In fact, BWrangler on here (Dennis Murrell) posted a link about an alternative checkerboarding system he uses in Wyoming that does use all deeps. I think that it is on this thread.

    Walt has developed a specific system, but it is the underlying ideas that matter. The execution is pretty flexible. You can do it like Walt does exactly, or you can do it will all mediums or all deeps.

    Neil

    Edit: Here's the link again: http://bwrangler.wordpress.com/stuff/checker-boarding/
    Last edited by NeilV; 01-18-2010 at 08:25 PM. Reason: Add link

  10. #130
    Join Date
    Aug 2008
    Location
    Elkton, Giles, Tennessee, USA
    Posts
    1,311

    Default Re: Checkerboarding

    Neil is correct. Colleen, on an island off Seattle wintered in triple deeps. She bought the manuscript when it was first offered and wanted to know how to apply the concepts to her config. Recommended she CB the bottom empty with the top honey. Have a picture of her 3 steps up on a stepladder to super the hive. She's a strong supporter, and promotes the concepts in the Seattle area.

    It is difficult to apply the concepts to the double deep without a third deep. About as close as you can come is reverse deeps and add a super of drawn comb at the same time. In my area, where the upper deep is typically filled with honey in late winter and the brood nest is in the bottom box, reversal is not practical. You want the overhead honey to expand into. If you wait until the brood nest expands into the upper, then reverse, the brood nest is separated by the remaining capped honey reserve. It takes some time for the colony to recover from the disruption, but they will eventually convert the remaining capped honey to brood by consumption - uniting the separated brood volumes. I take a dim view of any process that slows down colony development. More bees make more honey.

    Note that in the above reversal most of the brood is in the lower deep. When raised, the excess cluster bees that gather above to cap or limit heat rise, will spill over into a super of drawn comb, if added at the same time. They can't stand empty comb underfoot. They will start filling the empty comb within the cluster with nectar on a priority basis. Overhead storage of nectar is a key ingredient of swarm prevention.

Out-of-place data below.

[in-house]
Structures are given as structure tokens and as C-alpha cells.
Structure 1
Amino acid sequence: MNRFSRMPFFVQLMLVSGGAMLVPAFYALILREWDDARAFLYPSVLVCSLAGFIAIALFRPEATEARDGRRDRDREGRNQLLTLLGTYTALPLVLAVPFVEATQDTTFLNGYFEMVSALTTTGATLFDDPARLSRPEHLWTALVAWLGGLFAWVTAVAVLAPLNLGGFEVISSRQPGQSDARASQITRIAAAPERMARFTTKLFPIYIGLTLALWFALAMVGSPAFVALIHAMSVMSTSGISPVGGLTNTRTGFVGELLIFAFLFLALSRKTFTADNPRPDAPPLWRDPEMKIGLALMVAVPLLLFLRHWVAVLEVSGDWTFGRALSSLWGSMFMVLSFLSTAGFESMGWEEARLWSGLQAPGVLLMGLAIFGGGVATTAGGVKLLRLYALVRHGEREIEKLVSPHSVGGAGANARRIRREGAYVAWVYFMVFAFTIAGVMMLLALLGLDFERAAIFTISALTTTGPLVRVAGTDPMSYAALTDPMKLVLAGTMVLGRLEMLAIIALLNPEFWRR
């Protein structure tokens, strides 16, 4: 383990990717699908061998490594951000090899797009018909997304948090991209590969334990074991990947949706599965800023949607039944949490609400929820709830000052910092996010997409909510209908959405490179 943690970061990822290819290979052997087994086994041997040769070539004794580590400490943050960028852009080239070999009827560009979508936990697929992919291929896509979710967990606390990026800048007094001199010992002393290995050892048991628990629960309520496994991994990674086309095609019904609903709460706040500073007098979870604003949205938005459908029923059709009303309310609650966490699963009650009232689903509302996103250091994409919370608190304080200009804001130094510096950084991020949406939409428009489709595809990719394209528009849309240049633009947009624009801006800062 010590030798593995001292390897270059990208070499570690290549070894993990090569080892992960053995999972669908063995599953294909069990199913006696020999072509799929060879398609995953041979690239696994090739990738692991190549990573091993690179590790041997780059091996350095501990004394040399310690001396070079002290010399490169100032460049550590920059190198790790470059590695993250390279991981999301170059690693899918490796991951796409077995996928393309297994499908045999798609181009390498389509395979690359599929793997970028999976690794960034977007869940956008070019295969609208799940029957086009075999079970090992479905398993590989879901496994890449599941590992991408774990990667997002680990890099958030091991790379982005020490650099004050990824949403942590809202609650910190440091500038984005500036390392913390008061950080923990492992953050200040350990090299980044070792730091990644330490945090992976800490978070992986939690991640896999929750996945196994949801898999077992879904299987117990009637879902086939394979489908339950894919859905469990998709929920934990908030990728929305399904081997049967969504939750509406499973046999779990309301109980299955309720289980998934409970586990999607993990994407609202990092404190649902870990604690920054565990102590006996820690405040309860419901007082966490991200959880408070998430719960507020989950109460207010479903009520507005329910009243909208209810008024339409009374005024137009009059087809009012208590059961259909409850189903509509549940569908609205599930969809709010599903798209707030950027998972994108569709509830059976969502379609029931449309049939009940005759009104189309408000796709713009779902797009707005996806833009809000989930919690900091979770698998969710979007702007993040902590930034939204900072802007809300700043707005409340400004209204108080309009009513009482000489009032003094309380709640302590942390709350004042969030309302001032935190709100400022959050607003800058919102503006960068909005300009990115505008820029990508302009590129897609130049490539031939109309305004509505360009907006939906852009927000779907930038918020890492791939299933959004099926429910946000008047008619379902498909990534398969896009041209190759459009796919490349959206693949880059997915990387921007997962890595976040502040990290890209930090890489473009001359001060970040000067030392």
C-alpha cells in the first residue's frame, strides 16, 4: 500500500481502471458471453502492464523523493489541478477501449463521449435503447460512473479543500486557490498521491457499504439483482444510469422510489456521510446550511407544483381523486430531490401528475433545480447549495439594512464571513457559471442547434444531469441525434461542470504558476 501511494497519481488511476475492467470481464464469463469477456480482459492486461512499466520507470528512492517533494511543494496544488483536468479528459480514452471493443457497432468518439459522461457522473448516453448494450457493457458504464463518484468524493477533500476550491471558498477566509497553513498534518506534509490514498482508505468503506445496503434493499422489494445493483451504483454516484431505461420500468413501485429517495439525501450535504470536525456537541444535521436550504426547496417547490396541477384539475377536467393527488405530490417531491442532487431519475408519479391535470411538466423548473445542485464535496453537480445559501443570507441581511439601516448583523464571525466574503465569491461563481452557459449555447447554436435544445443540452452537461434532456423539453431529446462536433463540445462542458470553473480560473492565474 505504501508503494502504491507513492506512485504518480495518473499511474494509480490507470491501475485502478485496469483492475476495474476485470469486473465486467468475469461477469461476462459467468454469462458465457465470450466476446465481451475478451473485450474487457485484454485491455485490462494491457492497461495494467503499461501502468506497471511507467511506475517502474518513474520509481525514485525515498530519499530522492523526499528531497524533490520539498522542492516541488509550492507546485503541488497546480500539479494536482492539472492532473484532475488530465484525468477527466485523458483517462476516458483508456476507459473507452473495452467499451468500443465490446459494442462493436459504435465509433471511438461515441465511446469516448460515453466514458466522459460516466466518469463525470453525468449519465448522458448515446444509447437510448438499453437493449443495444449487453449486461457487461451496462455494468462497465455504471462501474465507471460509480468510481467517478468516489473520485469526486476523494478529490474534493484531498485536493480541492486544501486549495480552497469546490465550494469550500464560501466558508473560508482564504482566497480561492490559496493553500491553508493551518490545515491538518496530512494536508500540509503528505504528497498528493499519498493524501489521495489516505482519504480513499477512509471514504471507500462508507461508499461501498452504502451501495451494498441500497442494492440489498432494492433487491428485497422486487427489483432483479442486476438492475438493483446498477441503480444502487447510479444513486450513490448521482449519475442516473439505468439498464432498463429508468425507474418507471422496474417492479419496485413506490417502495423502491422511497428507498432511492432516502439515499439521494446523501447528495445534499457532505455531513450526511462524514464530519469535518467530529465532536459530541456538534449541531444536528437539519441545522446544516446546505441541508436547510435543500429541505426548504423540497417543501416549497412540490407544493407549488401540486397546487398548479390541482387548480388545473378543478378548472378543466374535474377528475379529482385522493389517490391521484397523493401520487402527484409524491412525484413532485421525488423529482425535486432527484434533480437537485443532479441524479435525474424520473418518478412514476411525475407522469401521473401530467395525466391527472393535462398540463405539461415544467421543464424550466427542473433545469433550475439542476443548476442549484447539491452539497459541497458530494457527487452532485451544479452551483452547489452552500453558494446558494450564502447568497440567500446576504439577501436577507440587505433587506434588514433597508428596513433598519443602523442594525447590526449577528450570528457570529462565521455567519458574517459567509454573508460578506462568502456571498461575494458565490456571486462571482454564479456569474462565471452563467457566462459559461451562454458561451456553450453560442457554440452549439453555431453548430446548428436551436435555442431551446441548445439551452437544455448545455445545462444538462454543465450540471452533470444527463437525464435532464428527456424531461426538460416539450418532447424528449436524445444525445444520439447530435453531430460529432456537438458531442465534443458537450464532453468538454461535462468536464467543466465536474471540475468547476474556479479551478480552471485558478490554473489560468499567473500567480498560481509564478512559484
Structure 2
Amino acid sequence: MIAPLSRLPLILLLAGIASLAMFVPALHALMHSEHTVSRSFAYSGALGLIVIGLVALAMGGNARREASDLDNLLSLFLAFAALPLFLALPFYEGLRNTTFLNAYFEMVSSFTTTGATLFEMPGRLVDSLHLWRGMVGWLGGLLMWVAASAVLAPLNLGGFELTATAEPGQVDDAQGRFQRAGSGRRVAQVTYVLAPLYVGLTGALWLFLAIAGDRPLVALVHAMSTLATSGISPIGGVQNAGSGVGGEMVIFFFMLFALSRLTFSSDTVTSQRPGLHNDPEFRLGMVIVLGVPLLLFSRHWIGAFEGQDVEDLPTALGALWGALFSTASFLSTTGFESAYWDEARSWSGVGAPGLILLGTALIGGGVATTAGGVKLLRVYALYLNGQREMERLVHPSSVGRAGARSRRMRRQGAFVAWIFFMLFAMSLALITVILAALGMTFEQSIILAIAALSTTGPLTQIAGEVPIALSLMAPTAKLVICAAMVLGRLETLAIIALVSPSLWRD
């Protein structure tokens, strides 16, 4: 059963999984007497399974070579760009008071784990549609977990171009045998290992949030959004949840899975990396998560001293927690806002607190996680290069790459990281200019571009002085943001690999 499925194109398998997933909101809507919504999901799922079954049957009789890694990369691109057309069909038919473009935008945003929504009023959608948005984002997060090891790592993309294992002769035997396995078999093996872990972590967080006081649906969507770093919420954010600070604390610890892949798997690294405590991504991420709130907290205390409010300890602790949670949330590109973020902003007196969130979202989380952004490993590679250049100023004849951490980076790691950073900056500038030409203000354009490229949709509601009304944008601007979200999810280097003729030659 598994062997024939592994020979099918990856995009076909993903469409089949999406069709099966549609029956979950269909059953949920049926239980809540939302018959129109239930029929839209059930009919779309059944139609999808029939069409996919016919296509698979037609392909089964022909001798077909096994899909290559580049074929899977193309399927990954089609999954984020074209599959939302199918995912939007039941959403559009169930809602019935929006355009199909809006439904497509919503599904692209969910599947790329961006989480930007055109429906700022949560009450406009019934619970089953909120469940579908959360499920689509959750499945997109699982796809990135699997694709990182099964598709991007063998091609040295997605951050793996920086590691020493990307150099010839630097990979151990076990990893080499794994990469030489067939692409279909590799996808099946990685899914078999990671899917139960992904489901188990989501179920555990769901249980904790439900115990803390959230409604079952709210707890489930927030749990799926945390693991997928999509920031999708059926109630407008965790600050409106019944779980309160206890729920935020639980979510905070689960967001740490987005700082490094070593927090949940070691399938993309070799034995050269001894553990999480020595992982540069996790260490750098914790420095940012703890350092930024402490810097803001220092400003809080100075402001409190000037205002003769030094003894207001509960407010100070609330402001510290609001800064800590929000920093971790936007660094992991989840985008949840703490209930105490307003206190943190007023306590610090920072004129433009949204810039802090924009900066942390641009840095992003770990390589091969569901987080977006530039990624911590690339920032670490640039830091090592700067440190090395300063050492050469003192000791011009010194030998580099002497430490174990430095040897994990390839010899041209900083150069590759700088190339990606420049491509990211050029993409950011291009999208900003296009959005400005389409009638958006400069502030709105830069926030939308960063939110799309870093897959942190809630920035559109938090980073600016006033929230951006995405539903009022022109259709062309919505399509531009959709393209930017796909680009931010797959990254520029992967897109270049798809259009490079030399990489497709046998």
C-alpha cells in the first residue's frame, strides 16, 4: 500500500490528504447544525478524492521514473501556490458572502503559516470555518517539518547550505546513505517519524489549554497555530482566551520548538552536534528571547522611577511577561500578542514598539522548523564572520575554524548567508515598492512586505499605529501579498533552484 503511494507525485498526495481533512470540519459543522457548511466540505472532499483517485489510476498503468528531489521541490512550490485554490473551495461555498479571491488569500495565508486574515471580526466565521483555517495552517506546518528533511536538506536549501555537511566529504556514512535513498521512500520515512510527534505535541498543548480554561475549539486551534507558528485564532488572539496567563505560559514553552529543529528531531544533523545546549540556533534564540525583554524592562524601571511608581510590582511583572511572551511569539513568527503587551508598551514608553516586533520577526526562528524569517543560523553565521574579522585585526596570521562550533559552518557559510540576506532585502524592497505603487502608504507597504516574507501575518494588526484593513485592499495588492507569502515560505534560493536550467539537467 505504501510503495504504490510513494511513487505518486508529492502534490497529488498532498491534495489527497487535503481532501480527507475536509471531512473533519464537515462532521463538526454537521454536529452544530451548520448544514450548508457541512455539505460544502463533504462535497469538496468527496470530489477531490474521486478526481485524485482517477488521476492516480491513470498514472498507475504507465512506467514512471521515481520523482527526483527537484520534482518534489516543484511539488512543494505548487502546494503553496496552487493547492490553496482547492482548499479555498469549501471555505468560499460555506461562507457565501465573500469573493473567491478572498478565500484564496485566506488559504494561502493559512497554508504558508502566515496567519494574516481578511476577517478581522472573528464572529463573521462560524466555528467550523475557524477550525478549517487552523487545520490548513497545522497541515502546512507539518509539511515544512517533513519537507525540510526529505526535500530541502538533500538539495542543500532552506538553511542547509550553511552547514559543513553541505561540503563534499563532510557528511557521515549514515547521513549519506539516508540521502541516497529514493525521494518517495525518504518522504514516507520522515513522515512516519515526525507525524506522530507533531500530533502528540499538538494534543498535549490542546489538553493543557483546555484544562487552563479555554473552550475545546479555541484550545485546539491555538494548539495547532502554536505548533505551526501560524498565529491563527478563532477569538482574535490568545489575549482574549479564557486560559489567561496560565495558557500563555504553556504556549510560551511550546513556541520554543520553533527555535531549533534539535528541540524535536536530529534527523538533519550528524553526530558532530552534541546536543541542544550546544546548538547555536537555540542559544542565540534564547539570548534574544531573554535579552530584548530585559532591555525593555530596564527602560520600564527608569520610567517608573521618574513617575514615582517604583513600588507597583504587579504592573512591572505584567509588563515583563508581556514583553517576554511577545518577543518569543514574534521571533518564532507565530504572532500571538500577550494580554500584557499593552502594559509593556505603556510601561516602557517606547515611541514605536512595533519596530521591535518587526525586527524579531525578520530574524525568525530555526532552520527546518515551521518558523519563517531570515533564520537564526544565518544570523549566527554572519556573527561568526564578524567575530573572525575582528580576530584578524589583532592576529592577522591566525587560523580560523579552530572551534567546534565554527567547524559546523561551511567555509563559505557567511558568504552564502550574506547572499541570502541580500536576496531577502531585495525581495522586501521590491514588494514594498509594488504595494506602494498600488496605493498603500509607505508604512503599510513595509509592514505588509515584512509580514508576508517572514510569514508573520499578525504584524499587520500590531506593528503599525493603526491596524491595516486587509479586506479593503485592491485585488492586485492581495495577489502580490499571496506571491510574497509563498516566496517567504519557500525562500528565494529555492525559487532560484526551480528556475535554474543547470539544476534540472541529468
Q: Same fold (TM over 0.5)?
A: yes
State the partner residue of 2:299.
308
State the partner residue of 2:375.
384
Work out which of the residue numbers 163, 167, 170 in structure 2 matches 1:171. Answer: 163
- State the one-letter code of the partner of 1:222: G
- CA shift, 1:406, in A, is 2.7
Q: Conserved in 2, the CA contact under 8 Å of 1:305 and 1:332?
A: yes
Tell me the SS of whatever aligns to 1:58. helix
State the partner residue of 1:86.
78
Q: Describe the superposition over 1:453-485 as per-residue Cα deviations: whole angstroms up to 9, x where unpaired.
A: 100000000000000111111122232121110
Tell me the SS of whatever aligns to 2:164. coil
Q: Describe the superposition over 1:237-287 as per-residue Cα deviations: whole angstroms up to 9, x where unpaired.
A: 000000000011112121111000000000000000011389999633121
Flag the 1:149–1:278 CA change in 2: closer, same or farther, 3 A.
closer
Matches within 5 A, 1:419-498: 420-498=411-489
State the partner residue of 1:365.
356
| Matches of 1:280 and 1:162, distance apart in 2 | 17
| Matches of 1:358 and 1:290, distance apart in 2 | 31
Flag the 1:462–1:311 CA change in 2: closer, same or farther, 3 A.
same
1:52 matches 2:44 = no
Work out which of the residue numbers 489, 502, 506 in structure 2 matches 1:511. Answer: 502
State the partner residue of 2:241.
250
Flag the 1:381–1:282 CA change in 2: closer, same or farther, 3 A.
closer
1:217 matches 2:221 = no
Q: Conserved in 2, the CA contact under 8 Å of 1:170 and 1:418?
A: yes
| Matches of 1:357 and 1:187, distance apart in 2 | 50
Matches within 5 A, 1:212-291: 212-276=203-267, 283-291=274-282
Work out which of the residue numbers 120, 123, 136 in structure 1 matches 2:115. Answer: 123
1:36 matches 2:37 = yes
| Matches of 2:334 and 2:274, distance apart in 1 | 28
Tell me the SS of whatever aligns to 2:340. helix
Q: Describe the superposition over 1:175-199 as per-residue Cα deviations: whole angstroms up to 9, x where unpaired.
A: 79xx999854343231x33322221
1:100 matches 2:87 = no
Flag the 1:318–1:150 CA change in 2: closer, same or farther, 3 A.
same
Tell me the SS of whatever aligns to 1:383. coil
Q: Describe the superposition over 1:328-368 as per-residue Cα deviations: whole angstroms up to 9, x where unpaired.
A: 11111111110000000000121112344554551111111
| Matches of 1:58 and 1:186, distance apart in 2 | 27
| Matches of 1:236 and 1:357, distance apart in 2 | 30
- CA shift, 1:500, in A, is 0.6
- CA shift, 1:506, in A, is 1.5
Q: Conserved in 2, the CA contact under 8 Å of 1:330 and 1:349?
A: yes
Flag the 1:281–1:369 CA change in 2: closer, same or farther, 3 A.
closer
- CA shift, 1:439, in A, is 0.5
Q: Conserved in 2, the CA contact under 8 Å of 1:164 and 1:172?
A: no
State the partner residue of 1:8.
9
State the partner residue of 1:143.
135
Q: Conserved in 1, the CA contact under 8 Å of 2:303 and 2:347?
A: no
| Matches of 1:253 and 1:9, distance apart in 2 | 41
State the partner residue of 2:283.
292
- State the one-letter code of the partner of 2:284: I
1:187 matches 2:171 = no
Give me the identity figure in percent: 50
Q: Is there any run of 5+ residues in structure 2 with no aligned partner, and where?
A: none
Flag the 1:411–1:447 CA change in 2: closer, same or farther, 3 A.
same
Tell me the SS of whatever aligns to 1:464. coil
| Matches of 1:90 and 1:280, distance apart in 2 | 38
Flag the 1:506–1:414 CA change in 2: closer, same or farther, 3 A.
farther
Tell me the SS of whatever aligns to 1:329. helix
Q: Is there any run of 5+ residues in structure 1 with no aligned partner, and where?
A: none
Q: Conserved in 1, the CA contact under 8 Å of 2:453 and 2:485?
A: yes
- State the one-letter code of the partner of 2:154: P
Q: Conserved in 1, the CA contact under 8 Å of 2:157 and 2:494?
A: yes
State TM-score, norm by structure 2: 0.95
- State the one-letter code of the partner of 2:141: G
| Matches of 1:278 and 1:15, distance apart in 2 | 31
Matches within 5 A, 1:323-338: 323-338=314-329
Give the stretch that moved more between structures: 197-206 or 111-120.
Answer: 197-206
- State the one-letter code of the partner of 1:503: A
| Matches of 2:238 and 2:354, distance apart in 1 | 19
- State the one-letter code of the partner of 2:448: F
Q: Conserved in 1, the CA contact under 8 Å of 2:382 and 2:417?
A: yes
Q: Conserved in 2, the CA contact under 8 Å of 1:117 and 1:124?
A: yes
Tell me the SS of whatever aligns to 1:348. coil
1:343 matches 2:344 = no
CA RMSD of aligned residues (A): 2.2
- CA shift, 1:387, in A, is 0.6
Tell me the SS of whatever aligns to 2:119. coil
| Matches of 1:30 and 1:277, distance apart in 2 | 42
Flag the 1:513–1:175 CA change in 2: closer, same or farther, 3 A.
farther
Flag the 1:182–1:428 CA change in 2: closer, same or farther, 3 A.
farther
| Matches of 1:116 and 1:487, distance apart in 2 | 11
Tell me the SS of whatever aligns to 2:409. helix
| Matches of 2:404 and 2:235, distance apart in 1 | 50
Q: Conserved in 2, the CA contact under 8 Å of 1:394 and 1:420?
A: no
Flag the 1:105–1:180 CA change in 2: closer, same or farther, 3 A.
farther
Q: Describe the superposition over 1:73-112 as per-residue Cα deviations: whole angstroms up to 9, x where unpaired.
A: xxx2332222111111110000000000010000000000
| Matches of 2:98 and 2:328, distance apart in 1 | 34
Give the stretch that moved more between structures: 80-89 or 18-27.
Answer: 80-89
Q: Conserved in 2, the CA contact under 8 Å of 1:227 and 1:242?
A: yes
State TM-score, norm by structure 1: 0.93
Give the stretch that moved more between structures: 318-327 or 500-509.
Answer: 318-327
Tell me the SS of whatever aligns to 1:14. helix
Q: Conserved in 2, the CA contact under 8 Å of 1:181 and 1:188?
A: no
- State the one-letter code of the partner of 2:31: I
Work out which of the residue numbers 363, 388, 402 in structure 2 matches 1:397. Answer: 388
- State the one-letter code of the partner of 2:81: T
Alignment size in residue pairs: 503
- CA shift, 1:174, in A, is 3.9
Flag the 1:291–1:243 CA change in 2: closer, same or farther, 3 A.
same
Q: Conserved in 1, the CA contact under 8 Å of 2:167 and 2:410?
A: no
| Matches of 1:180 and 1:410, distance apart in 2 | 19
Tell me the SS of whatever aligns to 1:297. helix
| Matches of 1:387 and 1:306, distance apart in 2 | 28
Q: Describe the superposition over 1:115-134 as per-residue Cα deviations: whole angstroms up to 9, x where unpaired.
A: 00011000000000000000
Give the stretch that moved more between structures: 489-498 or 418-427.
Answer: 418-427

In more northerly areas where the cluster is located in the top deep and the lower is basically empty, reversal works a little differently. When the empty is raised, those excess cluster bees that were squashed against the top of the hive now are free to form their normal domed cluster shape, enfolding a large voume of empty cells, on multiple frames. The same urgency applies to filling those cells with nectar. But they will replace that nectar with brood quite quickly. A large dome of brood appears between inspections. While this appears to be a spurt in brood voume, it's difficult to guess how much the cramped quarters earlier slowed development. The "spurt" may be just compensation for the earlier restriction.

    Mr. Palmer's approach is unique. With cluster in the top deep, he adds a super of drawn comb early. Gets them storing overhead, then later reverses the deeps. I really wanted to meet with him to understand the timing with respect to field forage. Even shopped for tire chains in the mountainous ragions of VA. When he said "blizzard", I cancelled out. They close highways in blizzards - wasn't prepared for being turned back. Still don't know if he has any problems with separating the overhead nectar from the box of brood by inserting the empty in between. Seems like timing and field forage availability would be critical.

    Enough for tonight,
    Walt

  11. #131
    Join Date
    May 2009
    Location
    Anderson County, Texas
    Posts
    1,254

    Default Re: Checkerboarding

    I guess I will weigh in on this issue somewhat.

    First: I kept bees from the late 70's through the late 80's running midnites (caucasions) and usually requeening all my colonies late summer early fall (August/September) time period here. My queens were marked and so at the time believed I had a handle on the swarming problem and don't think I ever remember a swarm save 1. But caucasions are not bad about swarming.

    Second: I ran two deeps brood boxes (same as Michael Palmer appears to) then, but intend to run three mediums now. After brood rearing started in earnest here (early to mid February), I would reverse the boxes and scrap the honey cap in the upper box before reversing the brood boxes, under the theory that the bees would move the honey up and use most of it on the way. Seemed to work for me. To me swarming was never a problem, but rather maximum populations were, as our main flow here runs from mid April to late May/earlyJune. I have to say that I am rather surprised at the evidently recurring swarming issue that continuously appears in threads; however, I suppose I might experience the same in this new environement. My vertical two queened colonies produced a bunch more honey but was a lot more work. I will be trying a different management technique this year which I may share in a thread when I have more time.